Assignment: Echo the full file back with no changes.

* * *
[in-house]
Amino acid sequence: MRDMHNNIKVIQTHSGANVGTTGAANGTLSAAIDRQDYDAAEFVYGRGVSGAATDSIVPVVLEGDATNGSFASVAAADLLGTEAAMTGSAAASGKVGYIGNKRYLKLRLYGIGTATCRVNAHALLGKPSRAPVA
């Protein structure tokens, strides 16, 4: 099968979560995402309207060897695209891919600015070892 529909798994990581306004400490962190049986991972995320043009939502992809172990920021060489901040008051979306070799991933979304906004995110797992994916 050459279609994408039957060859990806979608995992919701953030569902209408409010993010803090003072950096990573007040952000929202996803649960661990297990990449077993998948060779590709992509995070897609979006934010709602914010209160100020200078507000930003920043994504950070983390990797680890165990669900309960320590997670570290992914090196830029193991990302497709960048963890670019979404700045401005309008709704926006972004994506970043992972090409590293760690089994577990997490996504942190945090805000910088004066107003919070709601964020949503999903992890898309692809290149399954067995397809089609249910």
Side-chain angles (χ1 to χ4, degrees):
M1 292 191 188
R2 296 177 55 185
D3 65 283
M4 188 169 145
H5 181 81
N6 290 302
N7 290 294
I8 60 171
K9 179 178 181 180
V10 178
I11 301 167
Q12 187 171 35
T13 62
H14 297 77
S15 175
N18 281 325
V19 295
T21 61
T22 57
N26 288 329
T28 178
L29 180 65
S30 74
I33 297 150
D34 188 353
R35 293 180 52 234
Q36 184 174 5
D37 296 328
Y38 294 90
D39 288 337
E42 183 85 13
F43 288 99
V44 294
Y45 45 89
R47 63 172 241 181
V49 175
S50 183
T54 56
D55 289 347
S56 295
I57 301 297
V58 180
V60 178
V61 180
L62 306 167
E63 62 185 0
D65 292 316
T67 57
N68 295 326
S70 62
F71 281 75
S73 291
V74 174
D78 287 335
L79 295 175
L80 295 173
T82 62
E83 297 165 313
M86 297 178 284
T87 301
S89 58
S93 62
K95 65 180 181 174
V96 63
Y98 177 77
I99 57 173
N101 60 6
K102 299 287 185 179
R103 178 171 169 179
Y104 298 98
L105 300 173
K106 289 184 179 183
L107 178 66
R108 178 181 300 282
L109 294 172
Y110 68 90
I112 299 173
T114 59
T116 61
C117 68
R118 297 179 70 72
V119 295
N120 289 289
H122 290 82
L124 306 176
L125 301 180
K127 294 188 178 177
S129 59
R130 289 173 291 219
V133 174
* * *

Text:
[in-house]
Amino acid sequence: MRDMHNNIKVIQTHSGANVGTTGAANGTLSAAIDRQDYDAAEFVYGRGVSGAATDSIVPVVLEGDATNGSFASVAAADLLGTEAAMTGSAAASGKVGYIGNKRYLKLRLYGIGTATCRVNAHALLGKPSRAPVA
């Protein structure tokens, strides 16, 4: 099968979560995402309207060897695209891919600015070892 529909798994990581306004400490962190049986991972995320043009939502992809172990920021060489901040008051979306070799991933979304906004995110797992994916 050459279609994408039957060859990806979608995992919701953030569902209408409010993010803090003072950096990573007040952000929202996803649960661990297990990449077993998948060779590709992509995070897609979006934010709602914010209160100020200078507000930003920043994504950070983390990797680890165990669900309960320590997670570290992914090196830029193991990302497709960048963890670019979404700045401005309008709704926006972004994506970043992972090409590293760690089994577990997490996504942190945090805000910088004066107003919070709601964020949503999903992890898309692809290149399954067995397809089609249910």
Side-chain angles (χ1 to χ4, degrees):
M1 292 191 188
R2 296 177 55 185
D3 65 283
M4 188 169 145
H5 181 81
N6 290 302
N7 290 294
I8 60 171
K9 179 178 181 180
V10 178
I11 301 167
Q12 187 171 35
T13 62
H14 297 77
S15 175
N18 281 325
V19 295
T21 61
T22 57
N26 288 329
T28 178
L29 180 65
S30 74
I33 297 150
D34 188 353
R35 293 180 52 234
Q36 184 174 5
D37 296 328
Y38 294 90
D39 288 337
E42 183 85 13
F43 288 99
V44 294
Y45 45 89
R47 63 172 241 181
V49 175
S50 183
T54 56
D55 289 347
S56 295
I57 301 297
V58 180
V60 178
V61 180
L62 306 167
E63 62 185 0
D65 292 316
T67 57
N68 295 326
S70 62
F71 281 75
S73 291
V74 174
D78 287 335
L79 295 175
L80 295 173
T82 62
E83 297 165 313
M86 297 178 284
T87 301
S89 58
S93 62
K95 65 180 181 174
V96 63
Y98 177 77
I99 57 173
N101 60 6
K102 299 287 185 179
R103 178 171 169 179
Y104 298 98
L105 300 173
K106 289 184 179 183
L107 178 66
R108 178 181 300 282
L109 294 172
Y110 68 90
I112 299 173
T114 59
T116 61
C117 68
R118 297 179 70 72
V119 295
N120 289 289
H122 290 82
L124 306 176
L125 301 180
K127 294 188 178 177
S129 59
R130 289 173 291 219
V133 174